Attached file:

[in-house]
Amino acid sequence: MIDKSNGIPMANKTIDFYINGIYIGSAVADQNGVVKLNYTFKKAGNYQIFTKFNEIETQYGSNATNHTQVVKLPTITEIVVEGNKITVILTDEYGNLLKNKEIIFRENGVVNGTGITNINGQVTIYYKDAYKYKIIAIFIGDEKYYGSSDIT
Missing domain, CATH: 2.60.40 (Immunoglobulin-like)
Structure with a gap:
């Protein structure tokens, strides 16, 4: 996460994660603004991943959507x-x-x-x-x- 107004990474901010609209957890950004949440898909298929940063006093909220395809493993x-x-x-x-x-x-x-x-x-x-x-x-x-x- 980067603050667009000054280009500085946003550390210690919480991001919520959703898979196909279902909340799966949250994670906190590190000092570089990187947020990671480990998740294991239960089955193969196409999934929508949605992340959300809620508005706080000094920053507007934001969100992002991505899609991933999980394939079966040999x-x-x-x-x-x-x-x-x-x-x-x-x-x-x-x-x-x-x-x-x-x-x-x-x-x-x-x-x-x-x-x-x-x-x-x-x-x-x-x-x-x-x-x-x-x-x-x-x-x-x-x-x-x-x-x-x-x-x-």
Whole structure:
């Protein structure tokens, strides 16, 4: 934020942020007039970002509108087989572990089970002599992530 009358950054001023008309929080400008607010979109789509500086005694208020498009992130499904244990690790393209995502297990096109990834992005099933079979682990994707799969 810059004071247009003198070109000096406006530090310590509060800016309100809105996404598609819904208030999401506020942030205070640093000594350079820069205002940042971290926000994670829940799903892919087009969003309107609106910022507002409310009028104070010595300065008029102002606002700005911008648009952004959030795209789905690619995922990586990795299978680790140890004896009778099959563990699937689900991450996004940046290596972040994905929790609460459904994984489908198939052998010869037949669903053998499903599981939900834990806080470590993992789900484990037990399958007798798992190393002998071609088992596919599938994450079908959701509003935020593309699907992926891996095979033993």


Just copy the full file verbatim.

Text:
[in-house]
Amino acid sequence: MIDKSNGIPMANKTIDFYINGIYIGSAVADQNGVVKLNYTFKKAGNYQIFTKFNEIETQYGSNATNHTQVVKLPTITEIVVEGNKITVILTDEYGNLLKNKEIIFRENGVVNGTGITNINGQVTIYYKDAYKYKIIAIFIGDEKYYGSSDIT
Missing domain, CATH: 2.60.40 (Immunoglobulin-like)
Structure with a gap:
């Protein structure tokens, strides 16, 4: 996460994660603004991943959507x-x-x-x-x- 107004990474901010609209957890950004949440898909298929940063006093909220395809493993x-x-x-x-x-x-x-x-x-x-x-x-x-x- 980067603050667009000054280009500085946003550390210690919480991001919520959703898979196909279902909340799966949250994670906190590190000092570089990187947020990671480990998740294991239960089955193969196409999934929508949605992340959300809620508005706080000094920053507007934001969100992002991505899609991933999980394939079966040999x-x-x-x-x-x-x-x-x-x-x-x-x-x-x-x-x-x-x-x-x-x-x-x-x-x-x-x-x-x-x-x-x-x-x-x-x-x-x-x-x-x-x-x-x-x-x-x-x-x-x-x-x-x-x-x-x-x-x-």
Whole structure:
């Protein structure tokens, strides 16, 4: 934020942020007039970002509108087989572990089970002599992530 009358950054001023008309929080400008607010979109789509500086005694208020498009992130499904244990690790393209995502297990096109990834992005099933079979682990994707799969 810059004071247009003198070109000096406006530090310590509060800016309100809105996404598609819904208030999401506020942030205070640093000594350079820069205002940042971290926000994670829940799903892919087009969003309107609106910022507002409310009028104070010595300065008029102002606002700005911008648009952004959030795209789905690619995922990586990795299978680790140890004896009778099959563990699937689900991450996004940046290596972040994905929790609460459904994984489908198939052998010869037949669903053998499903599981939900834990806080470590993992789900484990037990399958007798798992190393002998071609088992596919599938994450079908959701509003935020593309699907992926891996095979033993």